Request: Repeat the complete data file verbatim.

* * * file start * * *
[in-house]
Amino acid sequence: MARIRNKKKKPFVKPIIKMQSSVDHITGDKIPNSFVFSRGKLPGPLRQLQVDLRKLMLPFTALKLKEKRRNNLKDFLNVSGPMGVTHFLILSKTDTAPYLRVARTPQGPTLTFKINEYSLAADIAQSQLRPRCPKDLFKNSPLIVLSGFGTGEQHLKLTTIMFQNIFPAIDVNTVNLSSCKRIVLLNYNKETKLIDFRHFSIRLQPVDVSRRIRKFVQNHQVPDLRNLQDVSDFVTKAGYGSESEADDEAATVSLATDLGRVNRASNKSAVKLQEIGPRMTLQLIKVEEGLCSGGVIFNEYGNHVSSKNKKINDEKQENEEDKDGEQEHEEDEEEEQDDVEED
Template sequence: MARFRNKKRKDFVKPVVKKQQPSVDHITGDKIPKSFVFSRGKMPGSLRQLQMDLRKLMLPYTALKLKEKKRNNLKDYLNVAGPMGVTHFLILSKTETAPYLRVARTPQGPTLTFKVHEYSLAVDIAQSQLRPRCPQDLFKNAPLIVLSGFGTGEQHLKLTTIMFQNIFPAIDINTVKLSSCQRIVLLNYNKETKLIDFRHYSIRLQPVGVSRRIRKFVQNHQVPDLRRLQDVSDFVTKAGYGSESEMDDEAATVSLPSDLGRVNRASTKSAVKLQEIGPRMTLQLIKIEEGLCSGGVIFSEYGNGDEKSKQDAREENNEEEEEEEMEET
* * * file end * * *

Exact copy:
[in-house]
Amino acid sequence: MARIRNKKKKPFVKPIIKMQSSVDHITGDKIPNSFVFSRGKLPGPLRQLQVDLRKLMLPFTALKLKEKRRNNLKDFLNVSGPMGVTHFLILSKTDTAPYLRVARTPQGPTLTFKINEYSLAADIAQSQLRPRCPKDLFKNSPLIVLSGFGTGEQHLKLTTIMFQNIFPAIDVNTVNLSSCKRIVLLNYNKETKLIDFRHFSIRLQPVDVSRRIRKFVQNHQVPDLRNLQDVSDFVTKAGYGSESEADDEAATVSLATDLGRVNRASNKSAVKLQEIGPRMTLQLIKVEEGLCSGGVIFNEYGNHVSSKNKKINDEKQENEEDKDGEQEHEEDEEEEQDDVEED
Template sequence: MARFRNKKRKDFVKPVVKKQQPSVDHITGDKIPKSFVFSRGKMPGSLRQLQMDLRKLMLPYTALKLKEKKRNNLKDYLNVAGPMGVTHFLILSKTETAPYLRVARTPQGPTLTFKVHEYSLAVDIAQSQLRPRCPQDLFKNAPLIVLSGFGTGEQHLKLTTIMFQNIFPAIDINTVKLSSCQRIVLLNYNKETKLIDFRHYSIRLQPVGVSRRIRKFVQNHQVPDLRRLQDVSDFVTKAGYGSESEMDDEAATVSLPSDLGRVNRASTKSAVKLQEIGPRMTLQLIKIEEGLCSGGVIFSEYGNGDEKSKQDAREENNEEEEEEEMEET